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> Recognition For Wallace Monument, Site of Wallace's historic betrayal
post 2nd Mar 2012, 12:13am
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It had long been abandoned by Glasgow City Council (Labour), largely ignored by the Scottish Government (SNP), and belittled by Historic Scotland. Now, however, the huge historical significance of Robroyston in the nation's fight against an oppressive English ruler is beginning to be more widely recognised.

Importantly – as it is aimed at Glasgow children – a new historical guide to the city has highlighted William Wallace on the front cover, and includes coverage of both the Robroyston Wallace Monument and the nearby Wallace's Well.

The inclusion in the children's book is a significant milestone in the promotion of the two historical Glasgow locations, with the monument representing the exact spot where William Wallace was captured in 1305 by the soldiers of a Scottish noble acting on the orders of Edward I.

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Wallace's capture at Robroyston, together with his subsequent trial and brutal execution in London, have long been recognised as among the country's most important historical events. Wallace's death signalled a new era in Scottish resistance which was to pave the way to Robert the Bruce's victory at Bannockburn just nine years later, while the courage and bravery of Wallace after his capture elevated him to the status of national hero.

Although the monument and well had been mostly forgotten (and have been recently threatened with demolition by property developers), both sites have now attracted some investment thanks largely to the efforts of the William Wallace society. Glasgow Guide also set up a Robroyston Wallace Monument website in 2009 to highlight the dangers posed to the historical sites.

In further good news, the only item remaining in existence thought to have been in the possession of Wallace at the time of his capture at Robroyston – the 'safe transit letter' from King Philip of France – has been returned to Scotland for the first time in over 700 years and will go on display in Edinburgh in the summer.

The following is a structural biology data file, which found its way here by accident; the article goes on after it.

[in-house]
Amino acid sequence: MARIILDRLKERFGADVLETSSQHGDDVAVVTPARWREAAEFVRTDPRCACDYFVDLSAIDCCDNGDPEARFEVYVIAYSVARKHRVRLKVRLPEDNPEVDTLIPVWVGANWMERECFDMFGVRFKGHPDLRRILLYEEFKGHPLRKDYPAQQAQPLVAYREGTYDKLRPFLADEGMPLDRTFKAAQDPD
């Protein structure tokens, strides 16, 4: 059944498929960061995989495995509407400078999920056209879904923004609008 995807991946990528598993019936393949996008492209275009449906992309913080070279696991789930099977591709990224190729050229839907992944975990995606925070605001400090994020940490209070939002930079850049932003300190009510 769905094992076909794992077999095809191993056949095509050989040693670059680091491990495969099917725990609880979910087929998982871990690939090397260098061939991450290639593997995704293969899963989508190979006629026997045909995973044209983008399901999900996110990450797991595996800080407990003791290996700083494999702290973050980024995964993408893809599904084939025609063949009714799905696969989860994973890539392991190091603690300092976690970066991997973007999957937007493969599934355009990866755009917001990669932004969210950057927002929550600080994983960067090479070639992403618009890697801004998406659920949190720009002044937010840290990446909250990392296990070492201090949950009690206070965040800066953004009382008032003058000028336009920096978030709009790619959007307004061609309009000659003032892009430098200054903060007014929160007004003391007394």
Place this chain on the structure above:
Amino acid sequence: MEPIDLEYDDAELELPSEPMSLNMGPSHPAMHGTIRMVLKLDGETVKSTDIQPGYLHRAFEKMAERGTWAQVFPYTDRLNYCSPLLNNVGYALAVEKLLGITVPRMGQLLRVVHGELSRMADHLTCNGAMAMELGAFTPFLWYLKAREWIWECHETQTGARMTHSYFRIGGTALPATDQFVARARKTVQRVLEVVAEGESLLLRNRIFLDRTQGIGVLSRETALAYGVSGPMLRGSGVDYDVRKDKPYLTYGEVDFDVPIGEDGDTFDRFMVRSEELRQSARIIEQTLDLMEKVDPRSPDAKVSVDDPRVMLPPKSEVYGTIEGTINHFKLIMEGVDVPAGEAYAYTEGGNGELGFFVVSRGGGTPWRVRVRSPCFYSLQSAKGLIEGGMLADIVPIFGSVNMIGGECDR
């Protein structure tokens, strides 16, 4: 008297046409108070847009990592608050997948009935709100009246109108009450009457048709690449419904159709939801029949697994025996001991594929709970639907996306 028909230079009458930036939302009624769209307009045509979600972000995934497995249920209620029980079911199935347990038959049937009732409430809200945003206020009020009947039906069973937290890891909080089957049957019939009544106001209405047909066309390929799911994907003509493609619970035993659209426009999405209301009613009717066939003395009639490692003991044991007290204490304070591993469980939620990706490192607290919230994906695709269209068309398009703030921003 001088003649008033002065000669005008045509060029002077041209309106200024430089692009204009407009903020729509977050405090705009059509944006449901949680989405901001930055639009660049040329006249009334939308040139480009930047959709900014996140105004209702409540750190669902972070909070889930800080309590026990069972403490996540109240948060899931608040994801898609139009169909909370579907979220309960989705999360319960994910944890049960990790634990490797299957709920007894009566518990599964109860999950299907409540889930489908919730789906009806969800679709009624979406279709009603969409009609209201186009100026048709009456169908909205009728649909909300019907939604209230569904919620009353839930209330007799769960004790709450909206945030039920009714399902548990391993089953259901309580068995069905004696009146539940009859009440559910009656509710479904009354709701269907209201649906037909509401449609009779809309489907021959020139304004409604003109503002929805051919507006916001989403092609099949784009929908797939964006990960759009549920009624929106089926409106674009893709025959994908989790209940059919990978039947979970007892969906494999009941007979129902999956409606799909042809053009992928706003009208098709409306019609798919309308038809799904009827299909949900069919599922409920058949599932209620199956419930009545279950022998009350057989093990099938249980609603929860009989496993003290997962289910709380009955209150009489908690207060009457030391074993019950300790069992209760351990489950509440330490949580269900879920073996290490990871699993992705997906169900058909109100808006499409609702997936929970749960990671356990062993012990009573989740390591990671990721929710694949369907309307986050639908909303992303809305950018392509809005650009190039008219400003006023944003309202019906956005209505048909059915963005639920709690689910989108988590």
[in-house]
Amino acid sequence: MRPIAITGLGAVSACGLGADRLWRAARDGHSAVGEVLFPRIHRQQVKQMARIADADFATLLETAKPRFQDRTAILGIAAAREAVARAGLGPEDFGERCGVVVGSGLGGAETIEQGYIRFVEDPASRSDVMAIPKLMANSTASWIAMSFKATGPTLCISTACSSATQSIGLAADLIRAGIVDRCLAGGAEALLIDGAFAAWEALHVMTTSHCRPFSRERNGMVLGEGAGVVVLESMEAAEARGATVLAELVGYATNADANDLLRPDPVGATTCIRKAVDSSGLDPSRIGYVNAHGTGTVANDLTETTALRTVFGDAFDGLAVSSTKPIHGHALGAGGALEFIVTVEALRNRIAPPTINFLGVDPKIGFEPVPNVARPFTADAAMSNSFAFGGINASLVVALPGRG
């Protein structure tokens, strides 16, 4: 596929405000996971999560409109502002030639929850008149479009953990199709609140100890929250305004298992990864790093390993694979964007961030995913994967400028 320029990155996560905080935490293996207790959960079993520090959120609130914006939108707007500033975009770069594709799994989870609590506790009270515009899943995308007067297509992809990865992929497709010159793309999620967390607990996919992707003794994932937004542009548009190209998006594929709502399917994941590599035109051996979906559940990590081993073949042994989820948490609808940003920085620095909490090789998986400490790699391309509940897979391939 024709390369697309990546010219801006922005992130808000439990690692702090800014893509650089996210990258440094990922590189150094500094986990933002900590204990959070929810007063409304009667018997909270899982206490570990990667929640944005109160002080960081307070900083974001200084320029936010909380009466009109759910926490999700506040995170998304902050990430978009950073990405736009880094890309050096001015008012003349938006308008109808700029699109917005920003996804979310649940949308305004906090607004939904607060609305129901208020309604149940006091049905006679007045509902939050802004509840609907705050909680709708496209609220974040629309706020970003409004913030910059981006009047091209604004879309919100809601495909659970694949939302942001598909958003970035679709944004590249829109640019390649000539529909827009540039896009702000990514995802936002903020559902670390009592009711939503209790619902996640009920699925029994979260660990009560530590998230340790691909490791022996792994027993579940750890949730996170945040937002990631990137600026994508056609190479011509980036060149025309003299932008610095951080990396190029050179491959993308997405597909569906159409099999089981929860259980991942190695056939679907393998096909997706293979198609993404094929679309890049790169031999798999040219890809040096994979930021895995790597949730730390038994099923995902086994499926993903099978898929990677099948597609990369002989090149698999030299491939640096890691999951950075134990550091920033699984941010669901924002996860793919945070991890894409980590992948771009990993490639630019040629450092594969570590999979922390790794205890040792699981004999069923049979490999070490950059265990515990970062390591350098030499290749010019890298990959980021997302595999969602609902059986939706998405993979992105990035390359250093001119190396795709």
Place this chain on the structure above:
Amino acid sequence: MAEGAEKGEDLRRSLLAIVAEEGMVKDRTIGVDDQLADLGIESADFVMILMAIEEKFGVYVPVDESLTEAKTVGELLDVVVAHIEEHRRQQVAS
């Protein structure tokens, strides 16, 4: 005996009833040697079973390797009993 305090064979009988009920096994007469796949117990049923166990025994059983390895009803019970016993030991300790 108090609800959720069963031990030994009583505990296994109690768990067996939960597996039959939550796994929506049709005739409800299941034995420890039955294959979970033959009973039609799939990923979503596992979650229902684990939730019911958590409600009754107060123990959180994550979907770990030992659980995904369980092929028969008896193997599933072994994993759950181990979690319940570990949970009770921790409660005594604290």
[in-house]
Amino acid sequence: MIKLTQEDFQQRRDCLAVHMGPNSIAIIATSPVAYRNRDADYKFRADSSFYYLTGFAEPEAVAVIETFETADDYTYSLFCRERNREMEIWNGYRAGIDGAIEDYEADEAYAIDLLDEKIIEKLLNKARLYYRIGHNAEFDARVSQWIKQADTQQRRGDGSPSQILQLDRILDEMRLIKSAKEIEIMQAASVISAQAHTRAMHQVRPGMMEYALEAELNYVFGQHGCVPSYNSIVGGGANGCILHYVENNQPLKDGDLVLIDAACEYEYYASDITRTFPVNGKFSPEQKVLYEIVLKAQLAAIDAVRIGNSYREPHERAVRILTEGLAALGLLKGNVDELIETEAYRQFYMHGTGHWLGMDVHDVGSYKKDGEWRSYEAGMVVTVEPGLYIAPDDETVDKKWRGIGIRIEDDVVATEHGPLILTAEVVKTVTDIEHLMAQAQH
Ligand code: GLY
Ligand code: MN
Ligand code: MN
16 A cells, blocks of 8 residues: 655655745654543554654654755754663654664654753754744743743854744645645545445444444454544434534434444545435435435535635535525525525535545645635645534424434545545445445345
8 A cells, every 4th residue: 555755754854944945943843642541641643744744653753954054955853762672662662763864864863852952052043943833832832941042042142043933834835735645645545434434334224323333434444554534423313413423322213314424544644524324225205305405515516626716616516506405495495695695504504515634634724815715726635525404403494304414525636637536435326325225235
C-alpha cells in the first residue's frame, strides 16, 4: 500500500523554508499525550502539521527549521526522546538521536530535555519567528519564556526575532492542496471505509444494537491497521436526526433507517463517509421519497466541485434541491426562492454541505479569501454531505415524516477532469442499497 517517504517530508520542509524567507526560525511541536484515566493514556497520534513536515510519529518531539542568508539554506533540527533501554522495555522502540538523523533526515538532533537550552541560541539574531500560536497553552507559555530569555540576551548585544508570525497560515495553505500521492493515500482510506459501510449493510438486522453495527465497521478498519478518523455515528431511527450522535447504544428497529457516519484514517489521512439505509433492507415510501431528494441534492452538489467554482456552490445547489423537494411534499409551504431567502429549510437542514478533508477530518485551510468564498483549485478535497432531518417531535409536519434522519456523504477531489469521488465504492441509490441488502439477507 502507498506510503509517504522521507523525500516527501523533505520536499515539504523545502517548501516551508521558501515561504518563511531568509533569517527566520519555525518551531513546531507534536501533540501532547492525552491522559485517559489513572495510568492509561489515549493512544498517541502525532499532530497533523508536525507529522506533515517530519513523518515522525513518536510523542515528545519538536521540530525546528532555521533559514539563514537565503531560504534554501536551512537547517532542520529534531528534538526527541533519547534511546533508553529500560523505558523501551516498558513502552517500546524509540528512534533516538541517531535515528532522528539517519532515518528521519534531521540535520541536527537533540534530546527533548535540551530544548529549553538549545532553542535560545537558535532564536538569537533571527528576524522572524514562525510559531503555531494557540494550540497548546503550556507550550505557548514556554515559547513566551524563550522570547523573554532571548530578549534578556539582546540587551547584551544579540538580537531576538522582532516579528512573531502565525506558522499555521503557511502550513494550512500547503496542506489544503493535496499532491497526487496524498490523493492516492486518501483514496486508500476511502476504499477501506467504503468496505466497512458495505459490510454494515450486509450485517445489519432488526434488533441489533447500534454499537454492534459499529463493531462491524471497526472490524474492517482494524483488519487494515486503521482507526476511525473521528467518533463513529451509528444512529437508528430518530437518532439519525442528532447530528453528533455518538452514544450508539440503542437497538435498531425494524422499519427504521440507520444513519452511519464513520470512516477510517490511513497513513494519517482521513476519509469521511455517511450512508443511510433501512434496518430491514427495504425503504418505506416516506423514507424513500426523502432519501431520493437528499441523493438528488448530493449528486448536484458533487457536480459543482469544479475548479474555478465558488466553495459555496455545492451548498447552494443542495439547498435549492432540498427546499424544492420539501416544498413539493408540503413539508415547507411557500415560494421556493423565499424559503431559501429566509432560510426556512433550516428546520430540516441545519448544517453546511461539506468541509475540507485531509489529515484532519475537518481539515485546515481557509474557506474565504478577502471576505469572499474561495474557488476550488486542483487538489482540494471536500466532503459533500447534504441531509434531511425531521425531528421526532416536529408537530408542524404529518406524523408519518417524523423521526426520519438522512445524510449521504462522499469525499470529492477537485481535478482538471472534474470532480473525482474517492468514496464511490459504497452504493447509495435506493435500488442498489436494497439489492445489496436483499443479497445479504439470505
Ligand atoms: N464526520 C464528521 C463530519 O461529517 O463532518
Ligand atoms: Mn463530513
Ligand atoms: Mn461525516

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post 2nd Mar 2012, 05:28am
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Thanks for keeping me informed in New Zealand of William Wallace. Although we may be far away our Scottish Heritage is still important to me.
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post 2nd Mar 2012, 08:12am
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I always tend to associate Wallace's demise with the Lake of Menteith.

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*john = rmh*
post 2nd Mar 2012, 08:21am
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Menteith was the noble who betrayed and captured Wallace.
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post 2nd Mar 2012, 08:44am
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So pleased to hear about this as I am originally from Robroyston born and bred. My mother and father took us many times to Wallaces Well when we were kids. I remember we used to throw coins into the well and make a wish. Although it is a sad part of our history, it is an important part that we not forget Wallace and his sacrifice. There is no more significant hero than William Wallace in our countries past and it is only right that we keep these peoples history (whether it be happy events or not) alive for future generations. Thank you so much to the Glasgow Guide for keeping this highlighted and us informed. I think the next time I am in Glasgow I will pay a visit to the well and maybe throw in a couple of coins, for old times sake.
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George Brown
post 2nd Mar 2012, 10:18am
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I always remember my father showing me Wallace's well and telling me the story of it.

I've never been back since and efforts to locate it have failed, but the mental image still remains